In the immediate area in front of the stage there can be 200 vehicles. There’s also an overflow area where people can park and watch a huge movie screen. It’s set in a beautiful location by the lake and can [accommodate] another 400 cars.
On a far different note, why do you think there’s been a dearth of Black conductors in classical music, and has race ever been a factor in your career?
I don’t have the answer to the first part and I suppose that question needs more context [but] when you look at the history of this country, especially in the arts, it’s no surprise there’s a lack thereof in terms of racial equity. To your second question, I think that I am not aware, myself, that race has ever played an issue in my career.
Sometimes it’s a bit annoying that the adjective of race is put in front of your name as a conductor. I’m an American conductor, but I found that whenever I step in front of an orchestra, the musicians have always been focused on the music, they don’t necessarily care about race — at least to my perception. I’ve always stayed focused on the job I have to do as a conductor and as a musician. I am not aware of any hurdles or any sort of racism by any musician or company in my career, but that could be different for other colleagues.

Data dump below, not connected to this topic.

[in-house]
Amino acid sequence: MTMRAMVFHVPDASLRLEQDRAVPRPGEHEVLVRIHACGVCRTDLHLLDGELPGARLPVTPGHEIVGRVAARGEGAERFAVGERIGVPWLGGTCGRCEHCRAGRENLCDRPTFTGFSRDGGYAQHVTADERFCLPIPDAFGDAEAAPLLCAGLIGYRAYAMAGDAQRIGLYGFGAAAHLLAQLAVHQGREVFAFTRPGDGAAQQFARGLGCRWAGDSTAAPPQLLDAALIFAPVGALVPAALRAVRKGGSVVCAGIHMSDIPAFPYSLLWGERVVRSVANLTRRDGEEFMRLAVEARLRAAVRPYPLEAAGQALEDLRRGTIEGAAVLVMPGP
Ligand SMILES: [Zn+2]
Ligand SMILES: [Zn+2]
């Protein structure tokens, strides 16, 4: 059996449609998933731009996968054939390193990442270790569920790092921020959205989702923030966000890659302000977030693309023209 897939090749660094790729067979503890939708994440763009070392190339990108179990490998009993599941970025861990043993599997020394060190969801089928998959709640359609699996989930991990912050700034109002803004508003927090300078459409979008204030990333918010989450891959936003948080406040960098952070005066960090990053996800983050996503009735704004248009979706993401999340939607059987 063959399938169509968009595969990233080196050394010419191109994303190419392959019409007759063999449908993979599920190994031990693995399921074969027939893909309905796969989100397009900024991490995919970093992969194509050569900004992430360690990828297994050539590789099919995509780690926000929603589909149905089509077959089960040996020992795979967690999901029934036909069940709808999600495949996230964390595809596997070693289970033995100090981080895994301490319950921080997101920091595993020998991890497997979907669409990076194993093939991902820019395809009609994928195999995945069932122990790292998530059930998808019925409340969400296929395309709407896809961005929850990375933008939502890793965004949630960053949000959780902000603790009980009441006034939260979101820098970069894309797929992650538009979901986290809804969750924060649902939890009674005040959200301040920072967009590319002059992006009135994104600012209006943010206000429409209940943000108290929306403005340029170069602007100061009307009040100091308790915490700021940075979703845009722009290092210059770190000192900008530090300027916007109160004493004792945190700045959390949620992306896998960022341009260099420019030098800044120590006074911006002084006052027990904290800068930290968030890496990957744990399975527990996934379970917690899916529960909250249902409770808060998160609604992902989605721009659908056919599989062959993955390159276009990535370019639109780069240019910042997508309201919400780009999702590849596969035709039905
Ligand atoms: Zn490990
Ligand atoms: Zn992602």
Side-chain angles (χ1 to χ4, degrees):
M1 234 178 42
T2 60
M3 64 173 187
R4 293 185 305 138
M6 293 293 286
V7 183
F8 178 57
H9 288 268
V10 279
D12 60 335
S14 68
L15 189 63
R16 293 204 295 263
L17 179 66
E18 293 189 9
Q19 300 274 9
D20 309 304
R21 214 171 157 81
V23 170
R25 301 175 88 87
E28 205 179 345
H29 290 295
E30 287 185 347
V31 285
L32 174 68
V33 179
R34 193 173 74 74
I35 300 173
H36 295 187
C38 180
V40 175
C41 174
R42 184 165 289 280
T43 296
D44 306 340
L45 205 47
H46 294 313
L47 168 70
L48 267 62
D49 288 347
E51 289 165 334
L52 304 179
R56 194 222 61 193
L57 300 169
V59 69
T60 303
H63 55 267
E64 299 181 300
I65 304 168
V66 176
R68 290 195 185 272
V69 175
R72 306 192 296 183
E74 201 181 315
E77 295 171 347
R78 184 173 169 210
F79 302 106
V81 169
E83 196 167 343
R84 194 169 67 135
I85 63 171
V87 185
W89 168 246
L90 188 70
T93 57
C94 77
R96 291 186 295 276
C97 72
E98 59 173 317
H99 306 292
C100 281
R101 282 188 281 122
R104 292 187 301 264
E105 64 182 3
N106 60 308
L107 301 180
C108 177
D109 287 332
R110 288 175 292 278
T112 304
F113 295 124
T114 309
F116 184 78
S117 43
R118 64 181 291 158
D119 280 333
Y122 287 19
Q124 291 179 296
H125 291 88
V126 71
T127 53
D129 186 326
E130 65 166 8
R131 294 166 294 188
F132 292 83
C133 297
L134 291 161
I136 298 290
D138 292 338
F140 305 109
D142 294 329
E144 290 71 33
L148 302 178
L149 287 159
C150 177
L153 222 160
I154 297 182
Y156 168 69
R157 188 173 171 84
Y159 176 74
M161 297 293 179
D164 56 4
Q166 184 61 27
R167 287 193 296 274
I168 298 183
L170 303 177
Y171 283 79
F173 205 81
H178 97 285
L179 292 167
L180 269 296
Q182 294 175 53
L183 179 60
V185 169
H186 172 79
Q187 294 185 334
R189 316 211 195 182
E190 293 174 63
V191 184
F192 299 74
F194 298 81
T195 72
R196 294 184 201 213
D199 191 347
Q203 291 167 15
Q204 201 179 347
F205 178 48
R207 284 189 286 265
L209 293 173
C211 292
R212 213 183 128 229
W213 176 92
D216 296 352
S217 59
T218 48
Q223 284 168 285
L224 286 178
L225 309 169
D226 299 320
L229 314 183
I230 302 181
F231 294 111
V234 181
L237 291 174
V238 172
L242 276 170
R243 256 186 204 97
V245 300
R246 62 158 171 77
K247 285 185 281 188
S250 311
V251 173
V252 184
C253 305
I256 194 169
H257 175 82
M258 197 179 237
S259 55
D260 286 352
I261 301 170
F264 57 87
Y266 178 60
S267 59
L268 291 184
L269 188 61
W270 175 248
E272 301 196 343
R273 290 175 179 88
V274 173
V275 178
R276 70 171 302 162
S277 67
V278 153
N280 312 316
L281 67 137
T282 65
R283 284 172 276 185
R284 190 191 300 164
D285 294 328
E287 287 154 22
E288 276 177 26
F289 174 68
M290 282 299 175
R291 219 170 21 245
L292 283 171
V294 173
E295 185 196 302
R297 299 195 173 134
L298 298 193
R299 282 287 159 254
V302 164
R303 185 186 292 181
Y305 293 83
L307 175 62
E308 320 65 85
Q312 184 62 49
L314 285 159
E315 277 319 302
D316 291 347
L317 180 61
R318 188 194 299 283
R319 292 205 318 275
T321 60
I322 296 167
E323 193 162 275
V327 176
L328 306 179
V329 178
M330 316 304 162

You have to address the issues, and organizations are starting to work harder to educate themselves about artists who are outside of their normal way of thinking. It forces us to reconcile with our rather limited education from a conservatory, where we were only taught the Beethovens, the Mozarts — that this is the repertory one should concentrate on. Because of that, we’ve only scratched the surface and have overlooked many fantastic and amazing composers who are living and dead [and] who should also be in our repertory.
To that end and while you were Associate Conductor of the Minnesota Orchestra in 2016 for three seasons, you founded the Roderick Cox Music Initiative (RCMI) in 2018. That project helps provide scholarship funds to young musicians of color from unrepresented communities, allowing them to pay for instruments, music lessons, and summer camps. How has that been going and what advice do you have for aspiring conductors?
It’s going well. We raised nearly $200,000 in a few years and have given out $35,000 of that to 17 students from Walker West Music Academy and MacPhail [Center for Music] in the Twin Cities. It’s meant a lot, not only as an artist, to talk about a career and give advice, but to alleviate some financial stress for students.
If someone wants to be a classical musician or conductor, then you must ask yourself, “Are you willing to make the sacrifices you need to make and truly dedicate yourself to music and become a servant of music?” Because what we do is not a job, it’s a lifestyle. Music is often the first thing you think of in the morning and when you go to bed at night, and with great determination and fire in your belly [you must] not let anything get in the way of achieving your goals. Always understand that you will become your most important teacher and you have to continue to dedicate yourself to this art form.